• youtube 360 video streaming

Youtube explore the 3rd dimension with 360 degree live streaming.

06 May 2016

Like peanut butter and chocolate, a barbecue and a beer, or bacon with, well anything, 360 degree videos and live streaming is a combination that just makes sense.

Youtube debuted this modern partnership during the second weekend of American music and arts festival Coachella, live streaming a selection of acts that also featured 360 degree video for the first time.

This pioneering step towards the future of media was certainly intriguing.

It was also slightly underwhelming.

The first ever act on Youtube Live 360 saw an intimate performance from American singer/songwriter Dawn, with the camera placed centrally on a four-way stage featuring the singer and her glowstick-wielding dance crew.

While an impressive debut of the feature, the novelty soon wore off.

There are a few reasons for this rather undercooked dish.

Current limitations make it very expensive and resource intensive to stream in full HD, with high audio quality, not to mention catering for viewers with limited broadband capabilities.

There’s also a distinct ‘behind the scenes’ vibe to these 360 streams, considering the user can choose to point the camera wherever they want.

Great if you love to see the process behind something.

But no amount of editing is going to stop a viewer from pointing the camera straight up and seeing the parts of the stage held together with gaffa tape, or spotting one of the sound engineers in the back falling over in a drunken stupor.

But let’s not forget that this is just the first step.

While we’re probably quite far off from fully polished, edited videos in 3D, thanks to the extra work required to create a fully immersive set to literally cover all angles, there are plenty of applications for this format.

One option is to avoid the need for a set in the first place.

Real world experiences like a live performance, sports fixture or a tour round a famous landmark lend themselves to the technology currently available, and since the environment is already there ready-made, you save money on MDF and gaffa tape creating the environment yourself.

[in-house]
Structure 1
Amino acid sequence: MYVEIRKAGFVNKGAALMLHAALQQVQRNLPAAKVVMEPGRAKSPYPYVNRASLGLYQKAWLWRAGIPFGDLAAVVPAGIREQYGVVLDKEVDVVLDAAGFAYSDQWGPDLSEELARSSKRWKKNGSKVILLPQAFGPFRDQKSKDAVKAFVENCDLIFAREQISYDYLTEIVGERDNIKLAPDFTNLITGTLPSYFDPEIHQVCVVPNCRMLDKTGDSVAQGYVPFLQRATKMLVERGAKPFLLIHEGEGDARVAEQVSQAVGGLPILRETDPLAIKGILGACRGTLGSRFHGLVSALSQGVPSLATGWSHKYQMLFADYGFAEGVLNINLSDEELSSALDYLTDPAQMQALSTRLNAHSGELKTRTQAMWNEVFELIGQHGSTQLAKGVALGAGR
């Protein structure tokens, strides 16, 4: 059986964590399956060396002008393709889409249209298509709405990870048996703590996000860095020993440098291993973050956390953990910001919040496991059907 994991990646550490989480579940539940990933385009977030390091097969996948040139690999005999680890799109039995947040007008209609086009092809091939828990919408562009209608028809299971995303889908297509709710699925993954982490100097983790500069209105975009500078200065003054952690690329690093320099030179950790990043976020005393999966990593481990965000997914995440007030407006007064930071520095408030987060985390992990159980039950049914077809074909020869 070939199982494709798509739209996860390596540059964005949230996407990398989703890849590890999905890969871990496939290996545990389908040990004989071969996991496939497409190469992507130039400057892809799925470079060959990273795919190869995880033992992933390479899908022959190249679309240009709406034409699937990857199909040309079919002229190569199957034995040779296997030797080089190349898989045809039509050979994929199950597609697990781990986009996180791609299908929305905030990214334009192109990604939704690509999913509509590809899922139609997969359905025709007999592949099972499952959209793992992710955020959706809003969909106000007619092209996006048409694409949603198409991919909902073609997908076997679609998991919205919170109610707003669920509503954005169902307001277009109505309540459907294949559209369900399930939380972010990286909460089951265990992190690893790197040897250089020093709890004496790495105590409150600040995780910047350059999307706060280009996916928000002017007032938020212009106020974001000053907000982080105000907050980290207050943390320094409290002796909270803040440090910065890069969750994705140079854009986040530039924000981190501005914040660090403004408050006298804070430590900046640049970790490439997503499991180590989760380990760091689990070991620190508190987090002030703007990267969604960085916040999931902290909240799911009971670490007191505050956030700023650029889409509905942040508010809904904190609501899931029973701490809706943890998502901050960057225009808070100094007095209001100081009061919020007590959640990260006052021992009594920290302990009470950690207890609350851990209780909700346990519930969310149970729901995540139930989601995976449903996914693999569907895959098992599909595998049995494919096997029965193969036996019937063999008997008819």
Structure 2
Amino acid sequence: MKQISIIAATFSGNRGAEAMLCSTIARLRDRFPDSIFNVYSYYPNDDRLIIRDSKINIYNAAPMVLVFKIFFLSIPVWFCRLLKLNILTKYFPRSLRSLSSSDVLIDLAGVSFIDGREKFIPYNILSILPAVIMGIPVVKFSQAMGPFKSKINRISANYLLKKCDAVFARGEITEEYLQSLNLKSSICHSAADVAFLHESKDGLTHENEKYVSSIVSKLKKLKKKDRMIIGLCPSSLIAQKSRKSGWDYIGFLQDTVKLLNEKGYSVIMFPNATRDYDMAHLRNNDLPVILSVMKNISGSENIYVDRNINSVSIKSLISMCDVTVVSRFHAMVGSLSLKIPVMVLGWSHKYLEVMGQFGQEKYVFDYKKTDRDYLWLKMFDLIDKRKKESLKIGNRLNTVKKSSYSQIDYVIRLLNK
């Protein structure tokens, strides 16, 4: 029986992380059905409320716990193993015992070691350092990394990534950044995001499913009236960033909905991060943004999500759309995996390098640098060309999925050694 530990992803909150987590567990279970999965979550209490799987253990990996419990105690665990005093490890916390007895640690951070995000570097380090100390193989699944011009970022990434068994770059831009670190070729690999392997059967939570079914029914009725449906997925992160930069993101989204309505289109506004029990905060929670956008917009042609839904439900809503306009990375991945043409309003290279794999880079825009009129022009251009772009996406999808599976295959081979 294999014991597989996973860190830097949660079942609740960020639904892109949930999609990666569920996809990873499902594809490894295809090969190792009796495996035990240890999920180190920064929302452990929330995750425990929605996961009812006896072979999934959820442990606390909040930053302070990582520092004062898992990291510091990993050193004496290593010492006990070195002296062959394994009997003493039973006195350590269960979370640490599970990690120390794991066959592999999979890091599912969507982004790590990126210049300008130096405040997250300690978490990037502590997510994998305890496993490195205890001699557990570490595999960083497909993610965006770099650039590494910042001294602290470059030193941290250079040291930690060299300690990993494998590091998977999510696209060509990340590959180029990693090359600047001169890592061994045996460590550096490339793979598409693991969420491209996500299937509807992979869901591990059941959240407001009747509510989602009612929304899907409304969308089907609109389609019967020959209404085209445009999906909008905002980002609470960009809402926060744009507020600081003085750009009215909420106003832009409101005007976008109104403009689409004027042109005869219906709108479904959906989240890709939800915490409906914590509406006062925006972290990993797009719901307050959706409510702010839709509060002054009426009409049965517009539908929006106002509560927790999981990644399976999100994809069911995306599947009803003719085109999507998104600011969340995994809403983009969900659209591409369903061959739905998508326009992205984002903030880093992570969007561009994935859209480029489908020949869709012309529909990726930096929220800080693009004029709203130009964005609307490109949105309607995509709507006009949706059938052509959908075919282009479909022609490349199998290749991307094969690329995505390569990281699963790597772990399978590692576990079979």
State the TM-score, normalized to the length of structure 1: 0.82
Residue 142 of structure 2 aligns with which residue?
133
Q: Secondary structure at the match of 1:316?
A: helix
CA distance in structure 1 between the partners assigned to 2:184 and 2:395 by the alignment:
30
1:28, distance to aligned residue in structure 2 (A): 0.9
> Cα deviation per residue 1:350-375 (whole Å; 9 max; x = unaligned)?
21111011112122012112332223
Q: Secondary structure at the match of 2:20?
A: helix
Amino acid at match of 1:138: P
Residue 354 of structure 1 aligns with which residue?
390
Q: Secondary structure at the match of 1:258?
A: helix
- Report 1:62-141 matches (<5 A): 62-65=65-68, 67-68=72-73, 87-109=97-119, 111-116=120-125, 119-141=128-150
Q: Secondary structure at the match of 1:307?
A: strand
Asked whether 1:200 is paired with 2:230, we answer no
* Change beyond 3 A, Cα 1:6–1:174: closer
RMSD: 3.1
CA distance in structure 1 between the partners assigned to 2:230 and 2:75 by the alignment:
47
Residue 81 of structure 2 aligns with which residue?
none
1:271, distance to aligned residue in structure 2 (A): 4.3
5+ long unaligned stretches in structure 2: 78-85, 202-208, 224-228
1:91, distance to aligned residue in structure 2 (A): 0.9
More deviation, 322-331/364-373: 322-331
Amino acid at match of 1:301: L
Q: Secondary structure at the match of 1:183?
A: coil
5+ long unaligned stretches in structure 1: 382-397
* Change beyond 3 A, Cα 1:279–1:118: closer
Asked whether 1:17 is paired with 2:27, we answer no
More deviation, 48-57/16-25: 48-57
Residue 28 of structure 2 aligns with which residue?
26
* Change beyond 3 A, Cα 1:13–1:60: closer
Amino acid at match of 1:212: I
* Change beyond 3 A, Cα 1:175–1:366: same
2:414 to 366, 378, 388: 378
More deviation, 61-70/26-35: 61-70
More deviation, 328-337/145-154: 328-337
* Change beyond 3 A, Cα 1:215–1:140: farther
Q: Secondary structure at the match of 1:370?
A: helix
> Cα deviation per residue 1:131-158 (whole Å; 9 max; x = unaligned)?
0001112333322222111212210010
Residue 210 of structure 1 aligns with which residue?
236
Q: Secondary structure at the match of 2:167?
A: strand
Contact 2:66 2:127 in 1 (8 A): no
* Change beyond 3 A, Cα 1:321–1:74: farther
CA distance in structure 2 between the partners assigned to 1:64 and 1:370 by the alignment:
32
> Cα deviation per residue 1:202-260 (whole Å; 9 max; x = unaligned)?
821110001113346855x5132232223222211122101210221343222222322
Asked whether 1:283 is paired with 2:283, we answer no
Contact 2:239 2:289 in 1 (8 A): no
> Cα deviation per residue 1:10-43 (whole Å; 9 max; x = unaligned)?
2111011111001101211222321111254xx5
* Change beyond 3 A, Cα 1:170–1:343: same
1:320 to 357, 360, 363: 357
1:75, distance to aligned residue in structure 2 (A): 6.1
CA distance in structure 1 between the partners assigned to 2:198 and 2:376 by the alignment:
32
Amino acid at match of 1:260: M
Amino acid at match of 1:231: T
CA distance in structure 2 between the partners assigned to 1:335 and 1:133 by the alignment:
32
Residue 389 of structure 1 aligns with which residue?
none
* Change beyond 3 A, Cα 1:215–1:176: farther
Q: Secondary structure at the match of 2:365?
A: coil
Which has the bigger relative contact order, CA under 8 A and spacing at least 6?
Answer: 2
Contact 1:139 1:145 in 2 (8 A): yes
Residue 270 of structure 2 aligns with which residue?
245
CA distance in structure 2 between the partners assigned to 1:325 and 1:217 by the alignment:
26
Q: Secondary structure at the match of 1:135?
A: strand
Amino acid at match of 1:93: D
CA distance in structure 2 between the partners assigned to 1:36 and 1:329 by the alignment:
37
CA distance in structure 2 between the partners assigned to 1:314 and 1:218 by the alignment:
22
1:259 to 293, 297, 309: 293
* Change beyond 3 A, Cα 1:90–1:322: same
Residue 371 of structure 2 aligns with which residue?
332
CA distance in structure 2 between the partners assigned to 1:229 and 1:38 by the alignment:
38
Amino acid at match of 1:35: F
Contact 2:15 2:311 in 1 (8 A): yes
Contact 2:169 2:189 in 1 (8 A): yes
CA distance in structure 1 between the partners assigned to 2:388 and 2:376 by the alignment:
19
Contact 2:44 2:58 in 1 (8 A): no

For brands, this opens up a whole new audience for live events and experiential advertising.

No longer will you just hear about an amazing street takeover or beer-dispensing billboard from your friends.

Now, you’ll be able to experience it yourself, whether you live in London, Lincolnshire, or a remote island in the Seychelles.

Provided that island has decent broadband of course.

Another missed beat from the Coachella live streams was that the camera remained, for the most part, fixed in one place.

Once the novelty of studying the finer details of a stack of Marshall Amps wears off, it feels a little bit static, and you settle into watching one particular angle anyway.

You add some movement, however, and you have yourself a recipe for a much more immersive adventure.

Take viewers on a tour through an old Scottish castle, or let them experience a swim with dolphins, without the hassle of squeezing on a wet suit.

Aerial fly-bys of stunning landscapes are also within our reach, thanks to drone technology.

Rollercoasters and thrill rides have an opportunity to create teaser videos of their latest rides.

Alton Tower’s new full virtual reality coaster, Galactica, shows they’re not afraid of new tech.

Sure, riding an Alton Towers coaster even when you can see where you’re going may be a scary prospect these days, but the concept is still undeniably cool.

Looking past poor audio quality, lack of full HD, and fixed camera positions, the doors that 360 livestreaming opens up are exciting, not just for brands, but for media as a whole.

In fact, this pioneering step from Youtube has managed to conjure one of those rare moments of technological appreciation, quite elusive in the fast paced modern world where we tend to take our convenient gadgets for granted.

20 years ago, calling your friend on a mobile from anywhere was still a novelty, as was the internet, still requiring a modem that channelled noises from the gates of hell.

Now, we have videos we can spin around, and pick our own view, and we have all this live. Live!

The ability for brands to use this budding new format to bring incredible live experiences to a larger audience than ever before is just the start of a very exciting future for advertising and entertainment.

That is, as long as we can all agree as an industry not to ruin it and go full blown Minority Report ‘ads beamed to your eyeballs’ crazy.

This is why we can’t have nice things.

Strawman Says

360 Live Streaming could be the new gold rush of video content: new and exciting possibilities, but an uncharted wild west that will likely claim a few victims as brands figure out how to strike it big.